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Family Study Finds Germline Mutation Rates Predict Longevity, Fertility

NEW YORK – People who accumulate mutations within their cells more slowly live longer than those who amass mutations quickly and have extended fertility, a new study has found. 

Researchers from the University of Utah analyzed mutation rates among more than 120 individuals from the Utah Centre d'Etude du Polymorphisme Humain families. The somatic theory of aging suggests that somatic mutations arise and accumulate throughout people's lives and lead to apoptosis, cellular senescence, and tumor development, which then contribute to disease and death. In their study, the researchers looked at germline mutation rates, which served as a proxy for the typically higher somatic mutation rates.

By comparing mutation rates to mortality rates and other data, the researchers found that how often mutations appear could predict both lifespan and, among women, fertility. Puberty appears to be a key timeframe for establishing mutation rates, the researchers reported in their Scientific Reports paper on Friday.

"If the results from this small study are validated by other independent research, it would have tremendous implications," senior author Lynn Jorde from the University of Utah said in a statement. "It would mean that we could possibly find ways to fix ourselves and live longer and better lives."

The researchers determined germline mutations rates — which they say are influenced by the same mechanisms as somatic mutation rates — for 61 men and 61 women from the CEPH Utah population by determining the number of de novo mutations in their children that could be attributed to a change from either the maternal or paternal germline. 

Using age at death and cause of death data, the researchers examined whether these mutation rates affect lifespan. Among all adults, they found that a one standard deviation increase in age-adjusted mutation rate was associated with increased mortality. Those in the quartile with the lowest mutation rates lived approximately 4.7 years longer than those in the top quartile with the highest mutation rates.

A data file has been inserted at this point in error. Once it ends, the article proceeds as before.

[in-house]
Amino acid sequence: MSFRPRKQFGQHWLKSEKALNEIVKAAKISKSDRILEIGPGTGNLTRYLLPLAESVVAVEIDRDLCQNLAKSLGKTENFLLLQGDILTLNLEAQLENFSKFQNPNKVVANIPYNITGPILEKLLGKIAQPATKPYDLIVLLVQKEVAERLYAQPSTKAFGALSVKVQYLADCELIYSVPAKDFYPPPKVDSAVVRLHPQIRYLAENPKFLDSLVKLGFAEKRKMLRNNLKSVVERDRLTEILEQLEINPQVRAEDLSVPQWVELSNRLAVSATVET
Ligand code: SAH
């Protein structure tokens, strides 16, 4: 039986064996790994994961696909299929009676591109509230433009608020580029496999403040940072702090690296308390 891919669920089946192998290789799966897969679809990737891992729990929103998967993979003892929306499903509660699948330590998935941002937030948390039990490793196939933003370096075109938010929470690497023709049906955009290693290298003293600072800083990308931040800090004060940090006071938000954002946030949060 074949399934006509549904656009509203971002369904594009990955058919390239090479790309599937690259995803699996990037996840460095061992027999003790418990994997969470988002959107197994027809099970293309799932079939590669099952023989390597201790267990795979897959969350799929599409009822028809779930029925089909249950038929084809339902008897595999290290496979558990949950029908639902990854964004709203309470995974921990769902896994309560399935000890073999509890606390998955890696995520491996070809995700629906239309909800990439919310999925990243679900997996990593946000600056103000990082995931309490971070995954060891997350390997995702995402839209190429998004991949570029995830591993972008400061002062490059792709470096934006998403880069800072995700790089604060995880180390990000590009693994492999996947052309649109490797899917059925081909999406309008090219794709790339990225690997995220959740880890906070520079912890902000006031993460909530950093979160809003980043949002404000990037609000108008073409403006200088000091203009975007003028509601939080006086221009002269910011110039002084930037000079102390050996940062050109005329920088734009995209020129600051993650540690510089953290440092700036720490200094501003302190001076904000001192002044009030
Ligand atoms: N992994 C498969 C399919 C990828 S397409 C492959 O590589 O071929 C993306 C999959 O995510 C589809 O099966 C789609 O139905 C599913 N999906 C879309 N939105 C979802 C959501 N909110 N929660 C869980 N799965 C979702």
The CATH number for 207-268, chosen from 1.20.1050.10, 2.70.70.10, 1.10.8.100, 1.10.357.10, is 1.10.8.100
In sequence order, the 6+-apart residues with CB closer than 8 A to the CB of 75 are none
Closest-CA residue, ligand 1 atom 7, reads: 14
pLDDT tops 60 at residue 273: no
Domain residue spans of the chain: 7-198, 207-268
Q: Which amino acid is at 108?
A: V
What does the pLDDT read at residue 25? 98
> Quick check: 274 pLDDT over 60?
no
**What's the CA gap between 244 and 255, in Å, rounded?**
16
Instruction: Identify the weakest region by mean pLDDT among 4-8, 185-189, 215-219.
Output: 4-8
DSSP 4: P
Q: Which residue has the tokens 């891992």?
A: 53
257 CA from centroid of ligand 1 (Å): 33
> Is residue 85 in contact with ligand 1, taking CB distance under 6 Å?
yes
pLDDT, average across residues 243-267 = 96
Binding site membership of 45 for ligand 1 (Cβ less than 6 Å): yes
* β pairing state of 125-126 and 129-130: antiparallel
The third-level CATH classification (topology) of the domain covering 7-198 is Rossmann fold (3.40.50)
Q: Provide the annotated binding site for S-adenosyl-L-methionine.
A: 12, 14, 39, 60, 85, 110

This difference in lifespan is comparable to the effect of smoking or not being physically active, the researchers noted.

Among women in the study, those with the highest mutation rates had fewer children than those with lower mutation rates. Additionally, women with high mutation rates tended to be younger when they gave birth to their last child. Together, the findings suggest mutation rates could affect female fertility.

The researchers also began to trace back when these mutation rates are set, noting that they appear to vary between fetal and adult tissue, for instance. In their analysis based on mutation rate and parental age, they estimated that mutation rates are established in women around 18 years of age and in men at around 14 years of age. This suggests that puberty could have a causal role in determining adult mutation rates, they noted.

Bolstering this idea, they found that older age at menarche among the women in their cohort was associated with a lower mutation rate.

"The ability to determine when aging starts, how long women can stay fertile, and how long people can live is an exciting possibility," first author Richard Cawthon from Utah said in a statement. "If we can get to a point where we better understand what sort of developmental biology affecting mutation rates is happening during puberty, then we should be able to develop medical interventions to restore DNA repair and other homeostatic mechanisms back to what they were before puberty. If we could do that, it's possible people could live and stay healthy much longer." 

He and his colleagues cautioned, though, that their study was small and said that investigations in larger cohorts are needed.

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